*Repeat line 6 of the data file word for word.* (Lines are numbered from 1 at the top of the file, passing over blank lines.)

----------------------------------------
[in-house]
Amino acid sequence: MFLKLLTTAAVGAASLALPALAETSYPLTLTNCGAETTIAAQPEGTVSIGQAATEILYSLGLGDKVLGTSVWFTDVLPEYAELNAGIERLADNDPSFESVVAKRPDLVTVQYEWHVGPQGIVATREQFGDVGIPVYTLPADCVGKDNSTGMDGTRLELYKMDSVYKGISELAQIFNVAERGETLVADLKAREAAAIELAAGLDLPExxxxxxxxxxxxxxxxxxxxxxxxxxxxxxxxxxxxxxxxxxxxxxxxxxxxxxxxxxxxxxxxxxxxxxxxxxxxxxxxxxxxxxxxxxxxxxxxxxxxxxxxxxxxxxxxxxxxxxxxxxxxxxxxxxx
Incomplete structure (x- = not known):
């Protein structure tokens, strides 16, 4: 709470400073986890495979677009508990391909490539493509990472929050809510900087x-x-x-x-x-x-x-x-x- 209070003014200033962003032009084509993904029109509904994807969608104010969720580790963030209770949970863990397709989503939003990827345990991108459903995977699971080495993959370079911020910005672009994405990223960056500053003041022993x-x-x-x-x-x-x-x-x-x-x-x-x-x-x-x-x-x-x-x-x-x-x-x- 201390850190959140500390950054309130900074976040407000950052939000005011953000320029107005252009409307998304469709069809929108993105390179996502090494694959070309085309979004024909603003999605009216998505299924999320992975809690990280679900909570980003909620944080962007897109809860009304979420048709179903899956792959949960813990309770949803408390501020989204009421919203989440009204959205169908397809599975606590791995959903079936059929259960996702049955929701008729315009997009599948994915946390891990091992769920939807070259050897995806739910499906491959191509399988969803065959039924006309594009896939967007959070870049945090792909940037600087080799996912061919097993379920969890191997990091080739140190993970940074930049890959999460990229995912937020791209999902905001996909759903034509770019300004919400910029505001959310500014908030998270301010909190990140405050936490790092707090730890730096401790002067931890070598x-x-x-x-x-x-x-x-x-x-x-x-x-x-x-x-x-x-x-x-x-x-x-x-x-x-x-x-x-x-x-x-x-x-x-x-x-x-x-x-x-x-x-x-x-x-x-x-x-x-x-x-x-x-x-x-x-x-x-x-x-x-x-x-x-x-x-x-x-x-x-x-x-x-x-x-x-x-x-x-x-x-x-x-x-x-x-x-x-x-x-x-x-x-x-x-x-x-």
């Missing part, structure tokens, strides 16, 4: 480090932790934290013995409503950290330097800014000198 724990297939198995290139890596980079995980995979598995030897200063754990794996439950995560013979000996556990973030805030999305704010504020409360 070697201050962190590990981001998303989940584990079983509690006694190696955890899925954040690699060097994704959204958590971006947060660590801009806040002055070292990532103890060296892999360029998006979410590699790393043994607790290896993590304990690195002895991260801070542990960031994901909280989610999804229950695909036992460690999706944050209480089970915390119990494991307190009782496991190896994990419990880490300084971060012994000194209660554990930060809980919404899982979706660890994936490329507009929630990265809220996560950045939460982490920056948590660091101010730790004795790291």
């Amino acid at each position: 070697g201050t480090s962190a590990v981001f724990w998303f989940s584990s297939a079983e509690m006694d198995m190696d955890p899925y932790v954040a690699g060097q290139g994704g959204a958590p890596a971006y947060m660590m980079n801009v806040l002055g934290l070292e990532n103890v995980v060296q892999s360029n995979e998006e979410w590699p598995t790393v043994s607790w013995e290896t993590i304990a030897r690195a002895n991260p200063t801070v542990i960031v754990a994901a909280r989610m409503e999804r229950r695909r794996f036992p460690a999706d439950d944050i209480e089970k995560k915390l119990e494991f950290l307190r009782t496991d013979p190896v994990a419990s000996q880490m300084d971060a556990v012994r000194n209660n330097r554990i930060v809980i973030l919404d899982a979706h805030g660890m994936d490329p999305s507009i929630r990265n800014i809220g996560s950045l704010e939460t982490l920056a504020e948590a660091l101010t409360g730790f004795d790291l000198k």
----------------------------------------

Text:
């Amino acid at each position: 070697g201050t480090s962190a590990v981001f724990w998303f989940s584990s297939a079983e509690m006694d198995m190696d955890p899925y932790v954040a690699g060097q290139g994704g959204a958590p890596a971006y947060m660590m980079n801009v806040l002055g934290l070292e990532n103890v995980v060296q892999s360029n995979e998006e979410w590699p598995t790393v043994s607790w013995e290896t993590i304990a030897r690195a002895n991260p200063t801070v542990i960031v754990a994901a909280r989610m409503e999804r229950r695909r794996f036992p460690a999706d439950d944050i209480e089970k995560k915390l119990e494991f950290l307190r009782t496991d013979p190896v994990a419990s000996q880490m300084d971060a556990v012994r000194n209660n330097r554990i930060v809980i973030l919404d899982a979706h805030g660890m994936d490329p999305s507009i929630r990265n800014i809220g996560s950045l704010e939460t982490l920056a504020e948590a660091l101010t409360g730790f004795d790291l000198k």